Some of us may have a heart that is cluttered with sexual desires.
Some of us may have a heart that is cluttered with sports.
Some of us may have a heart that is cluttered with resentment, bitterness or anger.
Whatever is cluttering your heart, Jesus is calling you to let it go. Stop the hoarding! It isn’t good for you, and it is destroying your life. Jesus says in Matthew 6:33, “But seek first the kingdom of God and his righteousness, and all these things will be added to you.” In other words, when you make Jesus your everything, then you will have everything you truly need. The Greek word for “follow” in verse 21 could also be translated “stick,” like adhesive or glue. Jesus is saying, “I want you to stick to me, no matter what happens. You may think everything is falling apart, but I’m promising you this: following me will be awesome. I will take care of you and provide you with everything you need. Come, stick with me.” Jesus saw the tremendous potential in this young man. He had great plans for him. Unfortunately, the young man chose the mess of his cluttered heart over the clarity of the Master. Jesus is saying to each one of us today, “Come, follow me, stick with me. Stop anything else you’re doing, and follow me. I’m going to take your life somewhere great. It’s not about being religious, it’s about having a love relationship with Me. Let go of your clutter and cling to Me.” The wise response for the young man in our passage was not to walk away, but to fall to his knees and say, “Lord, free my heart from the grip of all these things. Clear the clutter, that I may cling only to You.” To clear the clutter, we must surrender it.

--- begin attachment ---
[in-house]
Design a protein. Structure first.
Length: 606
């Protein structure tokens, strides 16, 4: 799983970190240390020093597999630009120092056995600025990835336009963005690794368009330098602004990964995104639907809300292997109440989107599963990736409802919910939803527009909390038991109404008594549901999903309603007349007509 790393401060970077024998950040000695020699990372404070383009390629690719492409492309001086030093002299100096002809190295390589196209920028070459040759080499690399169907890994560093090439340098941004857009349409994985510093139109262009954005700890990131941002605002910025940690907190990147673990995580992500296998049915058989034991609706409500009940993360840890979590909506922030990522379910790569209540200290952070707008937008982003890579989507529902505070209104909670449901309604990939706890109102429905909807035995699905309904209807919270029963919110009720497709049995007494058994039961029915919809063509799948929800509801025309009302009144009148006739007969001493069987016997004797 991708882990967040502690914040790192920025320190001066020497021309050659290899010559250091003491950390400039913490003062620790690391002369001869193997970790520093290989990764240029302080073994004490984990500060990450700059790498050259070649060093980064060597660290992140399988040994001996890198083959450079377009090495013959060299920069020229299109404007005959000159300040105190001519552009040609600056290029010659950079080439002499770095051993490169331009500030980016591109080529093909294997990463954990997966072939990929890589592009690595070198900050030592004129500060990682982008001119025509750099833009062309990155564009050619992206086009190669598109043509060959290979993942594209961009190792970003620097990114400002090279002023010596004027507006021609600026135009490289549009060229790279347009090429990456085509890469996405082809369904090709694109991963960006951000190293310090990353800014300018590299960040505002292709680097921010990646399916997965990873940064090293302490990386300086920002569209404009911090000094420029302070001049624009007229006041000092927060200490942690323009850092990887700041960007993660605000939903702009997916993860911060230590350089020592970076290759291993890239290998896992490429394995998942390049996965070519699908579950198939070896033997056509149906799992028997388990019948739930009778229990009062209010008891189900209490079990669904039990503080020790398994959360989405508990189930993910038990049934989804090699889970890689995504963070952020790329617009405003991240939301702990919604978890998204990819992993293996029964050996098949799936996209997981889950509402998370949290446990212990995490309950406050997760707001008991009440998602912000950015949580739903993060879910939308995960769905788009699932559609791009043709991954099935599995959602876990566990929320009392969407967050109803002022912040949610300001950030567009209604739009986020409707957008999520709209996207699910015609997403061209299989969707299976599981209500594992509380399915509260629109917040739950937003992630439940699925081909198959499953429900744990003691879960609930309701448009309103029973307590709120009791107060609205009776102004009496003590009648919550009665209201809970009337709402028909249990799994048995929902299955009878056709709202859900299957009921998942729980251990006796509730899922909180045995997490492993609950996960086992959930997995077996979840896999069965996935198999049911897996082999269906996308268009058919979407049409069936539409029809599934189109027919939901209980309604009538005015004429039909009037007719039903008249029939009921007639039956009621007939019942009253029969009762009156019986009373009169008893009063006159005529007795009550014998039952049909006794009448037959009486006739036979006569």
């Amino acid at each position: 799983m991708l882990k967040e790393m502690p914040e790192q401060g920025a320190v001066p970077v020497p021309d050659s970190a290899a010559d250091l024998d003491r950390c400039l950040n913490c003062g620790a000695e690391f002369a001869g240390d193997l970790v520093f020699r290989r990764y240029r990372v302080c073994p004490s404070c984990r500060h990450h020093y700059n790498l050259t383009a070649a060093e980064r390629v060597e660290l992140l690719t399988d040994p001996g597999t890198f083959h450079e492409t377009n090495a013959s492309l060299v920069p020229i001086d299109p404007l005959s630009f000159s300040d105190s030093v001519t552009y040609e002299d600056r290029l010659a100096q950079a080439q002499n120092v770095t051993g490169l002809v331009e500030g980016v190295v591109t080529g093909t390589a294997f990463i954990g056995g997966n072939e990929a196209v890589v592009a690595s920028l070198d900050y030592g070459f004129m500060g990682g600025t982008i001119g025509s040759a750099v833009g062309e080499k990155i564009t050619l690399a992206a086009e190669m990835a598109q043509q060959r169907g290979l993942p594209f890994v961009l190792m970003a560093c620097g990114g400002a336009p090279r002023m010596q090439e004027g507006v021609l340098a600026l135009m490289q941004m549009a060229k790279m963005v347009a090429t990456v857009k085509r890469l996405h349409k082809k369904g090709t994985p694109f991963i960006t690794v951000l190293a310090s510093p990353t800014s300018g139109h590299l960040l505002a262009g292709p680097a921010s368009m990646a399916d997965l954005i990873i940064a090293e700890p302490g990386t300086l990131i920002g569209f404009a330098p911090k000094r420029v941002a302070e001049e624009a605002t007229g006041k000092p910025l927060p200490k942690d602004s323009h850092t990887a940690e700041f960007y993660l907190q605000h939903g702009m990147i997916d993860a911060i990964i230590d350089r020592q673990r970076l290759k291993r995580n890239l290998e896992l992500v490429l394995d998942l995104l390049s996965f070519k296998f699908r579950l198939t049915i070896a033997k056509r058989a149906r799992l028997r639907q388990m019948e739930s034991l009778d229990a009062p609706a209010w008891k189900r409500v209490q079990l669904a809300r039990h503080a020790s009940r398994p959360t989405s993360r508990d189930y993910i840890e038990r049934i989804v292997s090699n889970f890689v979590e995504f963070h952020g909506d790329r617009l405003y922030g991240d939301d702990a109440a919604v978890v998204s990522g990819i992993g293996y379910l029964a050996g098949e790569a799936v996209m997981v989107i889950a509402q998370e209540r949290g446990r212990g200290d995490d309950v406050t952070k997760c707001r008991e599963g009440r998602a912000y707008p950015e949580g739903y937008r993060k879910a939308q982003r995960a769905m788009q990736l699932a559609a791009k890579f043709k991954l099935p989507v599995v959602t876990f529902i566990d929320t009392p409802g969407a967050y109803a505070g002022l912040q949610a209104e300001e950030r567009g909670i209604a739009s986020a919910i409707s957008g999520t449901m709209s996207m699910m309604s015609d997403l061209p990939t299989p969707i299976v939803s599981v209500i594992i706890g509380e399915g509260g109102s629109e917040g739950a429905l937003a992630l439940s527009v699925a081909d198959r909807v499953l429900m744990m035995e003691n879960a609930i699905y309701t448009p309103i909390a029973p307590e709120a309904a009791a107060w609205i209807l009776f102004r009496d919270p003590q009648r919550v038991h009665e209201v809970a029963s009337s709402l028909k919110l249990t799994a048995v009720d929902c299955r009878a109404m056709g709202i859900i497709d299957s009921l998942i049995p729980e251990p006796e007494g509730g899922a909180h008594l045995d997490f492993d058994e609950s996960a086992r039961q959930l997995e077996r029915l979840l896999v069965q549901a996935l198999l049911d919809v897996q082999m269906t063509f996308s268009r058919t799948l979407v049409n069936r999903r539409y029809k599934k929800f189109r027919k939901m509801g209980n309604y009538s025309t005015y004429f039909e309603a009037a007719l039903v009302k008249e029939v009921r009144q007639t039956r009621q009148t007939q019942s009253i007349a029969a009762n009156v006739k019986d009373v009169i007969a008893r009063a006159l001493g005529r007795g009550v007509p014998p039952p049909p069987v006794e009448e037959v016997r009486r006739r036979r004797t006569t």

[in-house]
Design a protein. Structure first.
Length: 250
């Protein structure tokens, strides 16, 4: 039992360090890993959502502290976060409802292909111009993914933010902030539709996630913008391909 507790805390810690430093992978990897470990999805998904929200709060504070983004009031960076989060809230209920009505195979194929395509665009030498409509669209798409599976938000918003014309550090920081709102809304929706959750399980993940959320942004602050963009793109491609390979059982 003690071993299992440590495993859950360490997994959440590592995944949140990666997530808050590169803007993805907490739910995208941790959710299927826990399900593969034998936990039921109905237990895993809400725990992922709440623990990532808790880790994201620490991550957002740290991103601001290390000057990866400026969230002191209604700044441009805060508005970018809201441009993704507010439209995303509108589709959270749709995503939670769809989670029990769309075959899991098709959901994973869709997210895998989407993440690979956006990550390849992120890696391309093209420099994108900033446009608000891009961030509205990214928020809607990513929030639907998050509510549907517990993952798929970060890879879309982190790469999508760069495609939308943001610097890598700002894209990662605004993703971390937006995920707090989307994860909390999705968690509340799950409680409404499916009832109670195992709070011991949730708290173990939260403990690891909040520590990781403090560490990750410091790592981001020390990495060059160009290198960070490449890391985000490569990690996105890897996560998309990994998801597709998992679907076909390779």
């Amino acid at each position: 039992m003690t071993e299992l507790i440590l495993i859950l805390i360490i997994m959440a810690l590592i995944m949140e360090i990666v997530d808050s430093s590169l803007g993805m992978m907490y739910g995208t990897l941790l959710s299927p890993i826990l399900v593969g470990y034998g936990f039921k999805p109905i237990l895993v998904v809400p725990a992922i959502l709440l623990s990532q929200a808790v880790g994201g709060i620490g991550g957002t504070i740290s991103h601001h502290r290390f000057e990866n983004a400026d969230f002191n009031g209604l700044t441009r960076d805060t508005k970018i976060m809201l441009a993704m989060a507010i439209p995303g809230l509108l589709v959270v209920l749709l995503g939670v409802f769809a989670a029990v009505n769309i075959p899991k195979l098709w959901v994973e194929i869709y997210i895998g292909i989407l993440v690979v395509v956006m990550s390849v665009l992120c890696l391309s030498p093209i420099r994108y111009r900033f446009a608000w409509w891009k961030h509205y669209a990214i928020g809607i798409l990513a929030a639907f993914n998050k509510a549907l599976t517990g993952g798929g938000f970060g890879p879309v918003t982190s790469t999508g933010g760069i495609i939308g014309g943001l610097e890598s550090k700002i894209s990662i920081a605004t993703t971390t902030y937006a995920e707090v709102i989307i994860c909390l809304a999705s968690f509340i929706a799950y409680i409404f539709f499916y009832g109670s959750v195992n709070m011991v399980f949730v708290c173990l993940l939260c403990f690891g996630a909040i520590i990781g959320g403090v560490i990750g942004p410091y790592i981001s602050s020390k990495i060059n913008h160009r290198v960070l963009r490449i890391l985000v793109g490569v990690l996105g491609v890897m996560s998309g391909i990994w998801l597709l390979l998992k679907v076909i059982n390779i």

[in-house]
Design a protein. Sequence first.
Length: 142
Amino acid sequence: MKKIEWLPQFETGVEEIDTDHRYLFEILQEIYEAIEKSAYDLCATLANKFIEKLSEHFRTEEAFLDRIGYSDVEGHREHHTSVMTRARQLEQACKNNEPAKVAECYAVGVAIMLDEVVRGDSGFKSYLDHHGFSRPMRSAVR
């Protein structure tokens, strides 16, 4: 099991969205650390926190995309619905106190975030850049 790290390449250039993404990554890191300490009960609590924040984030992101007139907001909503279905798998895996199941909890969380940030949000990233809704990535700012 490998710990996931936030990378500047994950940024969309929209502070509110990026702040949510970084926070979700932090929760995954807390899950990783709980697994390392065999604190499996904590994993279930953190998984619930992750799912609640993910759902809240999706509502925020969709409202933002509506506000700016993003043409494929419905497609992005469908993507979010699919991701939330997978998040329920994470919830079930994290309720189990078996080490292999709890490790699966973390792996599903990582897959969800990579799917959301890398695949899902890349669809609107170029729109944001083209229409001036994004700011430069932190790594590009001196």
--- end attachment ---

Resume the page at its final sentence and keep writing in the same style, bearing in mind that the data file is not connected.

Then, to clear the clutter, we must celebrate it. Jesus said to his disciples in verses 29-31, “Truly, I say to you, there is no one who has left house or brothers or sisters or mother or father or children or lands, for my sake and for the gospel, who will not receive a hundredfold now in this time, houses and brothers and sisters and mothers and children and lands, with persecutions, and in the age to come eternal life. But many who are first will be last, and the last first.” Jeannie and I have a saving account at the local bank, which is our emergency fund for when the big, unexpected expenses happen. Being a savings account, it earns interest. The interest rate however, is very, very low. Currently it is paying .05%. It’s tough to earn interest today with any kind of savings or certificates of deposit. If we invest our money in an aggressive mutual fund, we might expect as much as a 15% return. That kind of return would be high. We might get a little higher with a lot more risk. Still, it would be a very uncertain thing. Now Jesus in these final verses of our passage is not talking about the investment of our money, He is talking about the investment of our lives. When you clear the clutter, when you make Jesus first and let go of everything else that would rival His place in Your heart, the return is one hundred fold. It is not 100%, it is 100 times the worth of what you surrendered. So if you lose a boyfriend or girlfriend because you are following Jesus, you’ve actually lost some clutter. What you will gain is 100 times better. If you lose the ability to participate in a sport because meeting and gathering with God’s people is a greater priority to you, what you gain will be 100 times better. If you lose 10% of your income because you choose to obey God and to tithe, what you gain in financial wisdom and contentment in life will be 100 times better. When we clear the clutter, then we can celebrate it. It is then that we have opened the way for God to bless us beyond anything we’d ever hoped or dreamed. Jeremiah 29:11 says, “For I know the plans I have for you, declares the Lord, plans for welfare and not for evil, to give you a future and a hope.” The rich young ruler turned from Jesus and was sad – he wouldn’t let go of his clutter. God is calling you to clear the clutter, and follow Jesus in celebration.
What is your clutter?
Are you wasting time?
Are you a Christian who is dating an unbeliever?
Are you a young man who is viewing pornography of young women?
Are you a young woman who is being pornography to young men?
Are you living just to accumulate material possessions?
Are you more concerned about being an athlete than you are about being a disciple of Jesus?
Are you living just to have a good time?
Are you bitter, resentful or discouraged?
Whatever the clutter may be, surrender it to Jesus, then celebrate the 100 fold life He gives you in return.